During fifth year, you will take advanced research-led modules in your chosen speciality. Advanced modules offered in the past include:
Advanced Data Analysis
Applications of Quantum Physics
Foundations of Quantum Mechanics
Magnetofluids and Space Plasmas
Modern Topics in Condensed Matter Physics
Quantum Field Theory
In fifth year, you will also undertake an advanced Theoretical Physics project on a topic selected from an offered list and with supervision by a member of academic staff. The project allows you to explore an aspect of theoretical physics in some considerable depth, ideally at the frontiers of published knowledge. The project aims to develop students' skills in searching physics literature and in the design of the investigation, the evaluation and interpretation of data, and in the presentation of results.
The compulsory modules listed here must be taken in order to graduate in this subject. However, most students at St Andrews take additional modules, either in their primary subject or from other subjects they are interested in. For Honours-level, students choose from a range of Honours modules, some of which are listed above. A full list of all modules available for the current academic year can be found in the module catalogue.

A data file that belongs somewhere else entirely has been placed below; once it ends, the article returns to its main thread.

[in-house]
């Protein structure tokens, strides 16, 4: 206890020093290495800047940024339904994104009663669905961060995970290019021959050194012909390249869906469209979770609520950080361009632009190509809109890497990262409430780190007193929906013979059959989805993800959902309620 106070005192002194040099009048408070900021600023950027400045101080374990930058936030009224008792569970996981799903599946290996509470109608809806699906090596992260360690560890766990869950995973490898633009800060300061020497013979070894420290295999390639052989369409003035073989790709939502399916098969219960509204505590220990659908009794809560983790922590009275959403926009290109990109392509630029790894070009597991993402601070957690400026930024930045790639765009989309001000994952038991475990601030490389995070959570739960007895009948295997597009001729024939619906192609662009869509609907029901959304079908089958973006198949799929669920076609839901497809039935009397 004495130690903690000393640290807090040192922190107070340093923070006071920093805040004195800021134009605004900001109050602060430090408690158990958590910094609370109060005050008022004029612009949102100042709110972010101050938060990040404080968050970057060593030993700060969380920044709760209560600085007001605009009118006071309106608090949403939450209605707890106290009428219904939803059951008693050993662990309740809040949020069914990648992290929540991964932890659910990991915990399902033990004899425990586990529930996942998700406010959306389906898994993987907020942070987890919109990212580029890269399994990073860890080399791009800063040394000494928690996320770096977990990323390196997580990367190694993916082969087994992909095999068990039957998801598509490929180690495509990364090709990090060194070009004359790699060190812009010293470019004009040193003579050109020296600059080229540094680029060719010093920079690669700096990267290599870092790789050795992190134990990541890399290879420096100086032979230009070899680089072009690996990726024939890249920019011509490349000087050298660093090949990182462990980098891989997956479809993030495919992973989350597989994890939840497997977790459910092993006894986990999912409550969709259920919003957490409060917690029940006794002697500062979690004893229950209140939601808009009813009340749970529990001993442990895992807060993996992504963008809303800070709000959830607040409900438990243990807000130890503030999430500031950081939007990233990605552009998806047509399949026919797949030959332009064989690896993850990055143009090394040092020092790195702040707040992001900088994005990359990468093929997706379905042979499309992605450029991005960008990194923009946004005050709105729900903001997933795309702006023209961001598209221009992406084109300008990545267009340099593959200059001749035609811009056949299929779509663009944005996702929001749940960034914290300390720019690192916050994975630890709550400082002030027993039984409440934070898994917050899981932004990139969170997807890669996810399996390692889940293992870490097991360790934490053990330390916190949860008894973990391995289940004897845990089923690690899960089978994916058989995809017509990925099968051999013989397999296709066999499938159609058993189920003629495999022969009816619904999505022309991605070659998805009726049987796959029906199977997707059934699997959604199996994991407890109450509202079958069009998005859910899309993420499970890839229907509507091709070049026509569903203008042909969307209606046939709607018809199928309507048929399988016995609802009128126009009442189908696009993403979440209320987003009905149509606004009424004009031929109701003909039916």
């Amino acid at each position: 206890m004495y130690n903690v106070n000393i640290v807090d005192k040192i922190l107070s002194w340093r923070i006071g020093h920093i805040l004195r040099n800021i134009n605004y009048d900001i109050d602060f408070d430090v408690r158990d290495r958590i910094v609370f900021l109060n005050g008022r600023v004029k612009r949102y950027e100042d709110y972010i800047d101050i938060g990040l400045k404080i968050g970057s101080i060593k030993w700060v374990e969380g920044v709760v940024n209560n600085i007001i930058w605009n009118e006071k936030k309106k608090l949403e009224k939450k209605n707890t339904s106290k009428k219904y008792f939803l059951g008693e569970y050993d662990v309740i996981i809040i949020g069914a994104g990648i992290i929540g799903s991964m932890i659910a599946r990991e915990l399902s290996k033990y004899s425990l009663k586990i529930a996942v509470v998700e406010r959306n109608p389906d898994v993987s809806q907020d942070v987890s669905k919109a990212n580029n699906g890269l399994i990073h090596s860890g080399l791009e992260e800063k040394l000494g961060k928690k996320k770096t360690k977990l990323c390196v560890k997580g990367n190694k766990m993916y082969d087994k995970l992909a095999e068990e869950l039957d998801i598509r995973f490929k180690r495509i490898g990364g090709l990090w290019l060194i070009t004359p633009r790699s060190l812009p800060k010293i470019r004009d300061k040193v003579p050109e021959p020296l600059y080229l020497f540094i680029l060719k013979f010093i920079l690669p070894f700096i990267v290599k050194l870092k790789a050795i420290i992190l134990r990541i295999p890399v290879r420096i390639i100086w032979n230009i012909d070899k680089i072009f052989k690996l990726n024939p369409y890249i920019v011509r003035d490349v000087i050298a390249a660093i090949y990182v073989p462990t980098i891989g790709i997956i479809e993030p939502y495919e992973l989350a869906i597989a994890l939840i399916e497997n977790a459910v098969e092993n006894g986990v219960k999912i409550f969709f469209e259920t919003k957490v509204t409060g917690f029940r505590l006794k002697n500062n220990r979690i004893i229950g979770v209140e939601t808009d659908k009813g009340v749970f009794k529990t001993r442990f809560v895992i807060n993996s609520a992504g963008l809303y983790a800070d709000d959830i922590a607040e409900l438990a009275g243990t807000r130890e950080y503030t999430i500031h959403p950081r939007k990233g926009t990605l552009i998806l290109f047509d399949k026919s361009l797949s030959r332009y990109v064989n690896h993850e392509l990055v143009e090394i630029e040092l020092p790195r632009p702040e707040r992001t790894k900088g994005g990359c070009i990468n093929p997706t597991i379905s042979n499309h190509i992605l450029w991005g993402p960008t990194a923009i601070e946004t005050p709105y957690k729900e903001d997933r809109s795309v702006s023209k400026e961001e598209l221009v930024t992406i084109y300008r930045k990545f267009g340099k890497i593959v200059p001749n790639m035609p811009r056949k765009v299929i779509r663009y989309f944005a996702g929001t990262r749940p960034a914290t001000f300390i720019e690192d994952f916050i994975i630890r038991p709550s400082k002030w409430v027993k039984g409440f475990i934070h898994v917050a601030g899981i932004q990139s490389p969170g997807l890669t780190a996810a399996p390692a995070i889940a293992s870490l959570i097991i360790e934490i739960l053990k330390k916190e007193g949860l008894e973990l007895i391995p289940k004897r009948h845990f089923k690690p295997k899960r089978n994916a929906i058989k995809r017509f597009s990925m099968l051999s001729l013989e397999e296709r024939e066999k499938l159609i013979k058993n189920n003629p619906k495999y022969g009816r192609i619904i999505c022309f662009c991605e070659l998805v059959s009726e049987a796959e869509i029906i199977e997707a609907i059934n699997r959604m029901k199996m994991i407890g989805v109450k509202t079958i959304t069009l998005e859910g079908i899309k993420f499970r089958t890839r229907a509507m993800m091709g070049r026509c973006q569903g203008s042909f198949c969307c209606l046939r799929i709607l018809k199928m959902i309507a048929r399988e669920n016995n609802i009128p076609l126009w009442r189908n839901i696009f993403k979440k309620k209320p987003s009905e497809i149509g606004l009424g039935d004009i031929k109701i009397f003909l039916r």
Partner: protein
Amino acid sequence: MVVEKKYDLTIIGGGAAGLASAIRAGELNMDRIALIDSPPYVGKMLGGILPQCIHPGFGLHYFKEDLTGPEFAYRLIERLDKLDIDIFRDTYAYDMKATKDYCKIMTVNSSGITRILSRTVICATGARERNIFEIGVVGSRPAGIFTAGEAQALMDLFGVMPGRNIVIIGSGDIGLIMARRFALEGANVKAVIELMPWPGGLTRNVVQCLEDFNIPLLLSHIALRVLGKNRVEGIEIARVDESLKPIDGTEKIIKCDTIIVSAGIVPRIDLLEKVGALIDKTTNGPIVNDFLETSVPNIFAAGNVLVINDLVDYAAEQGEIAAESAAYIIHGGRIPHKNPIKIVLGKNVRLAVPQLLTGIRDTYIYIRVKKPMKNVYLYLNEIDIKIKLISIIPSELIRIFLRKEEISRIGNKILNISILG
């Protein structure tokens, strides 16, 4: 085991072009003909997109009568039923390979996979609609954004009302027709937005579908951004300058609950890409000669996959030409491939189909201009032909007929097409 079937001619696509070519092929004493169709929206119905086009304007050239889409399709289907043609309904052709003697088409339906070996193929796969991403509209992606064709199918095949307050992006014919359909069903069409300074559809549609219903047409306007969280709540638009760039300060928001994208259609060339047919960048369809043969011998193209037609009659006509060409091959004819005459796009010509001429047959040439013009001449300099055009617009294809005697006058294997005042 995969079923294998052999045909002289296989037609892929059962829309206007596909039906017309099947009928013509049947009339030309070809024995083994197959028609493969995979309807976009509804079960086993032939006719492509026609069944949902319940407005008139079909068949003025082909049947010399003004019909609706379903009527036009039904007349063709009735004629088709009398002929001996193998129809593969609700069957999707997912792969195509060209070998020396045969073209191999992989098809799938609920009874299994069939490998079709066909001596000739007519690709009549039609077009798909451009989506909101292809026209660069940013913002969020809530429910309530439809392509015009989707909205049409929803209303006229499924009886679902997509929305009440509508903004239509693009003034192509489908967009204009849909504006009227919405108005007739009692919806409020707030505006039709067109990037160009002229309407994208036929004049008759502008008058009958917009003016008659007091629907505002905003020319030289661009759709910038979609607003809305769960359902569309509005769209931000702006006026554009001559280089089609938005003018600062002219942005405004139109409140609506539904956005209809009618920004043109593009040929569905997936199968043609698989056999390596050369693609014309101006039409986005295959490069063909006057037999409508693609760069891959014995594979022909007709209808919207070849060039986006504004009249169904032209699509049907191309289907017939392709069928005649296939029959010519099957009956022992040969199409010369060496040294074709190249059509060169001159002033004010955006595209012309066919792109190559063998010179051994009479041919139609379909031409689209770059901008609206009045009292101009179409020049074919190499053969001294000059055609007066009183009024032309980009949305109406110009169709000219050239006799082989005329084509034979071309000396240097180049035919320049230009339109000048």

Physics and Astronomy at St Andrews
Theoretical Physics modules are taught through a combination of lectures, tutorials and (in year one and two) laboratory work.
In both first and second year, physic modules typically consist of four to five lectures per week (20 to 150 students), along with one problem-solving workshop, one small group tutorial (4 to 8 students), and 2.5 hours in the teaching laboratory. Laboratory work is usually undertaken in pairs in first year and individually in second year.
At Honours level, modules typically consist of three lectures per week (5 to 100 students), along with tutorials (5 to 9 students).
In your final semester, you will focus solely on your final project.
When not attending lectures, tutorials and labs, you will be expected to continue learning independently through self-study. Typically, this will involve:
working on individual and group projects